I recently wrote a column for The Legal Intelligencer’s Pennsylvania Law Weekly, reposted on this blog here, raising questions about whether the Pennsylvania courts have correctly identified the public natural resources that ought to be valued and conserved as the corpus of the public trust established by the Environmental Rights Amendment to the Pennsylvania Constitution. In a series of decisions in litigation brought by the Pennsylvania Environmental Defense Foundation, the Commonwealth’s appellate courts have grappled with whether, and how much of, the proceeds of leasing oil and gas resources underlying state parks and forests must be appropriated to restricted conservation purposes, and how much can be appropriated to the general fund. The courts treat the oil and gas as the trust assets that matter, rather than the surface resources.
The Court of Appeals for the Third Circuit has weighed in, at least indirectly, and the problem persists. In Yaw v. Del. R. Basin Comm’n, No. 21-2315 (3d Cir. Sept. 16, 2022), the court affirmed dismissal for lack of standing of a challenge by certain Republican members of the General Assembly and the Republican Senate Caucus to the ban on high volume hydraulics fracturing in the Delaware River Basin imposed by the Delaware River Basin Commission, an interstate compact commission. However, the legislators were joined by Wayne and Carbon counties and two townships in Wayne County.
The two counties and two townships asserted that they were trustees for the public natural resources within their jurisdictions under the Environmental Rights Amendment. The Court of Appeals agreed. The municipalities then asserted that they had standing to challenge the reasonableness of the ban because it interfered with their ability to manage the trust assets for the benefit of the trust beneficiaries. That is, some of the oil and gas in Wayne and Carbon counties are public natural resources. Production of that oil and gas – as well as private oil and gas – would provide funds to the towns and counties that could be used for environmental conservation purposes. However, the municipal governments, as trustees, were deprived by the DRBC ban of their ability to exercise their discretion as to whether to allow development of the oil and gas, and therefore they had an injury in fact and standing to challenge the DRBC regulation.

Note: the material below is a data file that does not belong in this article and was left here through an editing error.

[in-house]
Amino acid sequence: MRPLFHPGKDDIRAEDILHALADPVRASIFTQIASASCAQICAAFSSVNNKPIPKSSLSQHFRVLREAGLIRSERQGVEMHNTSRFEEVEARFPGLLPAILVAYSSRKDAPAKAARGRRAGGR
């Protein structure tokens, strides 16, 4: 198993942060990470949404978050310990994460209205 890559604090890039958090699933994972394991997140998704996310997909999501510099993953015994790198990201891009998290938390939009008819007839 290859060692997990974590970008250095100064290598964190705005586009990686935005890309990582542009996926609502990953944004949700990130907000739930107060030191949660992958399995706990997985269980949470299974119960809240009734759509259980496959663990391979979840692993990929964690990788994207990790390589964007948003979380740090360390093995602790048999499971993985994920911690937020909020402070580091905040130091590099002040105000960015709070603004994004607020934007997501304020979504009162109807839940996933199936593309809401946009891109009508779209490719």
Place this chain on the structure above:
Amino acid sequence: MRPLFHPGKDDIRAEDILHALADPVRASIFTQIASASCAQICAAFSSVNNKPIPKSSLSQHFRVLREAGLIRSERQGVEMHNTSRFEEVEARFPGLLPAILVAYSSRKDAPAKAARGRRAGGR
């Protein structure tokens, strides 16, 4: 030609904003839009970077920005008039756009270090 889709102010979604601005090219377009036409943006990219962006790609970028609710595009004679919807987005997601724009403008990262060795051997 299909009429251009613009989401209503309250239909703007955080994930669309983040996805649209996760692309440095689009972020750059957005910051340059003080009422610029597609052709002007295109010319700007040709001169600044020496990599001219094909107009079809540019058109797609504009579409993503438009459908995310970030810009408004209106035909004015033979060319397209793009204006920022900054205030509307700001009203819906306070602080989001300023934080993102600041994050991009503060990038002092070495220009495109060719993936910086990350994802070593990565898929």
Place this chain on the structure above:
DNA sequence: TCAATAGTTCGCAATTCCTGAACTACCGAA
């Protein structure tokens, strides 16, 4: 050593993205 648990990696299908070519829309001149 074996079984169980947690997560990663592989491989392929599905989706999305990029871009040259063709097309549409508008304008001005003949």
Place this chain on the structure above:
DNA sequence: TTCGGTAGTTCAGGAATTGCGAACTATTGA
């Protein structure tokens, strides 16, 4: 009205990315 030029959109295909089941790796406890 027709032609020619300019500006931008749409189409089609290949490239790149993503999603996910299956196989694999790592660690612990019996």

The Court of Appeals disagreed, holding that to allow that standing would “turn [the ERA] ‘upside down’. . . .” The court reasoned that the point of the ERA was to conserve public natural resources, and that to grant standing because the municipality might want to sell some of those resources would be contrary to the amendment even if the proceeds of the sale would return to the trust.
But that view treats the oil and gas in the ground as if it matters for purposes of the ERA public trust. What matters under the ERA might be said to be the environmental features that provide “clean air, pure water, and . . . the natural, scenic, historic and esthetic values of the environment.” Trustees might be said to have an obligation to exercise independent judgments as to whether disposition of some trust assets that do not provide any of those values – like oil and gas in the ground – would, on balance, better enhance the trust corpus’ ability to provide those values. Why that does not confer standing to challenge imposition of a ban is not clear. Consider, for example, if the DRBC prohibited installation of any concession kiosks on any park land in Philadelphia (which is in the Basin). Maybe that would be a good idea, but shouldn’t the City have standing to challenge the judgment of the Commission?
Oil and gas cases may not be the best ERA cases to be bringing. This one was indirect and might have been unavoidable, but we are not making the most coherent law by putting public natural resources a mile underground front and center under an environmental constitutional provision.